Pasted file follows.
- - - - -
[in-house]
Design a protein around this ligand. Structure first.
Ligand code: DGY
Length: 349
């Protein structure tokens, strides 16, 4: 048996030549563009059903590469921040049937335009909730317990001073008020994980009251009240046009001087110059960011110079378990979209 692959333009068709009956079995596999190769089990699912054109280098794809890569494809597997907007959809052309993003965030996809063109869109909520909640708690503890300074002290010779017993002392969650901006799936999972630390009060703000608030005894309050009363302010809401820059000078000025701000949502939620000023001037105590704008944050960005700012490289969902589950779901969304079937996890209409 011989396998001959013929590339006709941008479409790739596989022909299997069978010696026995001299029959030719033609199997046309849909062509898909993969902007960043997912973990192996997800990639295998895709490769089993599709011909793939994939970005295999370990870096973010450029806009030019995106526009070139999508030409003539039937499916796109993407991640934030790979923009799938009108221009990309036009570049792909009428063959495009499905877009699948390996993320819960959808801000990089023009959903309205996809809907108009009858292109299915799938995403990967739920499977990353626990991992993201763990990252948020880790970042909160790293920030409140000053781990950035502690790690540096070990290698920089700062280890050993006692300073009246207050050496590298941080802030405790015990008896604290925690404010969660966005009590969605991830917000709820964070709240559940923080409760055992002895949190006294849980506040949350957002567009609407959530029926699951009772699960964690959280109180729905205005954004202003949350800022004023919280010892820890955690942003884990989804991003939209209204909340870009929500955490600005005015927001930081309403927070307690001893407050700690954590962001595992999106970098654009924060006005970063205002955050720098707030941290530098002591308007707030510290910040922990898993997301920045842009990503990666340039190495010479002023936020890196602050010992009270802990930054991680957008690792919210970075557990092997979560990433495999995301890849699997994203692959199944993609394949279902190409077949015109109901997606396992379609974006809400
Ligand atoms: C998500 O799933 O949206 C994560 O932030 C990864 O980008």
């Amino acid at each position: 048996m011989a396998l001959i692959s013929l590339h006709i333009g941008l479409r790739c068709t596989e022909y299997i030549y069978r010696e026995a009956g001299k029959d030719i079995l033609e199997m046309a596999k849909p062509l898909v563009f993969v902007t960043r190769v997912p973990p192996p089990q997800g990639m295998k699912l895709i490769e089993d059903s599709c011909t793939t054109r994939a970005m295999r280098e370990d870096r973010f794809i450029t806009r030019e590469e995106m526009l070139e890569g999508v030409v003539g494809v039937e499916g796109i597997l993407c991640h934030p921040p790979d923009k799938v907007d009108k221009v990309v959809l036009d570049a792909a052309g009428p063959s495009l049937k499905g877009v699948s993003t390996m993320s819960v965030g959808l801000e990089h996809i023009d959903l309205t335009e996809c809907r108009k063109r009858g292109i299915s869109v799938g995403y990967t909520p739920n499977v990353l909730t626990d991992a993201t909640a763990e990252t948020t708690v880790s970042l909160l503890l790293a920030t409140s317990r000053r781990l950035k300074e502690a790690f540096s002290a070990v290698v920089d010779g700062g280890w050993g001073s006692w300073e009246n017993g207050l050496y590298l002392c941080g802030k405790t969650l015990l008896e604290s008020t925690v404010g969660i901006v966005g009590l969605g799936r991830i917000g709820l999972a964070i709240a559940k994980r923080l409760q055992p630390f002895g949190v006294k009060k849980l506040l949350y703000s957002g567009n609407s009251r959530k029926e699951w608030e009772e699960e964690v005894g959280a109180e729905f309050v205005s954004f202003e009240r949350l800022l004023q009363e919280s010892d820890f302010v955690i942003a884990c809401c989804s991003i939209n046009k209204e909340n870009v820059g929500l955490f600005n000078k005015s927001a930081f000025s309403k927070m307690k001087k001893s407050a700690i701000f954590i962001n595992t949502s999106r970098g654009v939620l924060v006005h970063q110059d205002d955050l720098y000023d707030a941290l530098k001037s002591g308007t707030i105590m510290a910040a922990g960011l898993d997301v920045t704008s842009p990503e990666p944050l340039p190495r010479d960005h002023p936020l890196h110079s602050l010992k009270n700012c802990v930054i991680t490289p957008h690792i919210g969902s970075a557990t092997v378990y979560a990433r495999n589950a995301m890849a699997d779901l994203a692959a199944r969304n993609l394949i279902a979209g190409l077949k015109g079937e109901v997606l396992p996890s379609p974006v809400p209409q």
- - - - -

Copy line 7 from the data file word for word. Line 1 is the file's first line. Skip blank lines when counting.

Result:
């Amino acid at each position: 048996m011989a396998l001959i692959s013929l590339h006709i333009g941008l479409r790739c068709t596989e022909y299997i030549y069978r010696e026995a009956g001299k029959d030719i079995l033609e199997m046309a596999k849909p062509l898909v563009f993969v902007t960043r190769v997912p973990p192996p089990q997800g990639m295998k699912l895709i490769e089993d059903s599709c011909t793939t054109r994939a970005m295999r280098e370990d870096r973010f794809i450029t806009r030019e590469e995106m526009l070139e890569g999508v030409v003539g494809v039937e499916g796109i597997l993407c991640h934030p921040p790979d923009k799938v907007d009108k221009v990309v959809l036009d570049a792909a052309g009428p063959s495009l049937k499905g877009v699948s993003t390996m993320s819960v965030g959808l801000e990089h996809i023009d959903l309205t335009e996809c809907r108009k063109r009858g292109i299915s869109v799938g995403y990967t909520p739920n499977v990353l909730t626990d991992a993201t909640a763990e990252t948020t708690v880790s970042l909160l503890l790293a920030t409140s317990r000053r781990l950035k300074e502690a790690f540096s002290a070990v290698v920089d010779g700062g280890w050993g001073s006692w300073e009246n017993g207050l050496y590298l002392c941080g802030k405790t969650l015990l008896e604290s008020t925690v404010g969660i901006v966005g009590l969605g799936r991830i917000g709820l999972a964070i709240a559940k994980r923080l409760q055992p630390f002895g949190v006294k009060k849980l506040l949350y703000s957002g567009n609407s009251r959530k029926e699951w608030e009772e699960e964690v005894g959280a109180e729905f309050v205005s954004f202003e009240r949350l800022l004023q009363e919280s010892d820890f302010v955690i942003a884990c809401c989804s991003i939209n046009k209204e909340n870009v820059g929500l955490f600005n000078k005015s927001a930081f000025s309403k927070m307690k001087k001893s407050a700690i701000f954590i962001n595992t949502s999106r970098g654009v939620l924060v006005h970063q110059d205002d955050l720098y000023d707030a941290l530098k001037s002591g308007t707030i105590m510290a910040a922990g960011l898993d997301v920045t704008s842009p990503e990666p944050l340039p190495r010479d960005h002023p936020l890196h110079s602050l010992k009270n700012c802990v930054i991680t490289p957008h690792i919210g969902s970075a557990t092997v378990y979560a990433r495999n589950a995301m890849a699997d779901l994203a692959a199944r969304n993609l394949i279902a979209g190409l077949k015109g079937e109901v997606l396992p996890s379609p974006v809400p209409q």